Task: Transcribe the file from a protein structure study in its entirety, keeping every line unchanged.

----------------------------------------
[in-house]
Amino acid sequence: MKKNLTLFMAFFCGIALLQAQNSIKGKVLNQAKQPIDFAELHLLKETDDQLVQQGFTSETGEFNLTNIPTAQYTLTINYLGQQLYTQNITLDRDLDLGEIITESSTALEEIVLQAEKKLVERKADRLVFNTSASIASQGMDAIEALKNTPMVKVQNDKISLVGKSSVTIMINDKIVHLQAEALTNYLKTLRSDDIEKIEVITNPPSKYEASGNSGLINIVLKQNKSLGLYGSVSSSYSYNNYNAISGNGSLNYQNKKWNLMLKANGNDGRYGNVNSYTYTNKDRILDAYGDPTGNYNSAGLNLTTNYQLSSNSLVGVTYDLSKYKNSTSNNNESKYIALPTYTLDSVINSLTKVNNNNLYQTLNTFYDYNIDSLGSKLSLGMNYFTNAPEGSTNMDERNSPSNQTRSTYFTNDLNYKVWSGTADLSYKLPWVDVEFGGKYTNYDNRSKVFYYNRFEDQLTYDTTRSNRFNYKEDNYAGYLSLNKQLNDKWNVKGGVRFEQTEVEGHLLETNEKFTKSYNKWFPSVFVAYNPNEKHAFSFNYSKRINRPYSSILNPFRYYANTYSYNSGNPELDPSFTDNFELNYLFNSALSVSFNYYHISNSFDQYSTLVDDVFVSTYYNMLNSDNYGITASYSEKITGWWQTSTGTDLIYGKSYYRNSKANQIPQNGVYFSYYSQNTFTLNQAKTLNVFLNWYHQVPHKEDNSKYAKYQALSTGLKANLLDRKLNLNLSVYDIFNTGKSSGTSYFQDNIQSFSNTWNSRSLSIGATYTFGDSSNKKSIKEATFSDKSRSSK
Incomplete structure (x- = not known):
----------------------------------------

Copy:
[in-house]
Amino acid sequence: MKKNLTLFMAFFCGIALLQAQNSIKGKVLNQAKQPIDFAELHLLKETDDQLVQQGFTSETGEFNLTNIPTAQYTLTINYLGQQLYTQNITLDRDLDLGEIITESSTALEEIVLQAEKKLVERKADRLVFNTSASIASQGMDAIEALKNTPMVKVQNDKISLVGKSSVTIMINDKIVHLQAEALTNYLKTLRSDDIEKIEVITNPPSKYEASGNSGLINIVLKQNKSLGLYGSVSSSYSYNNYNAISGNGSLNYQNKKWNLMLKANGNDGRYGNVNSYTYTNKDRILDAYGDPTGNYNSAGLNLTTNYQLSSNSLVGVTYDLSKYKNSTSNNNESKYIALPTYTLDSVINSLTKVNNNNLYQTLNTFYDYNIDSLGSKLSLGMNYFTNAPEGSTNMDERNSPSNQTRSTYFTNDLNYKVWSGTADLSYKLPWVDVEFGGKYTNYDNRSKVFYYNRFEDQLTYDTTRSNRFNYKEDNYAGYLSLNKQLNDKWNVKGGVRFEQTEVEGHLLETNEKFTKSYNKWFPSVFVAYNPNEKHAFSFNYSKRINRPYSSILNPFRYYANTYSYNSGNPELDPSFTDNFELNYLFNSALSVSFNYYHISNSFDQYSTLVDDVFVSTYYNMLNSDNYGITASYSEKITGWWQTSTGTDLIYGKSYYRNSKANQIPQNGVYFSYYSQNTFTLNQAKTLNVFLNWYHQVPHKEDNSKYAKYQALSTGLKANLLDRKLNLNLSVYDIFNTGKSSGTSYFQDNIQSFSNTWNSRSLSIGATYTFGDSSNKKSIKEATFSDKSRSSK
Incomplete structure (x- = not known):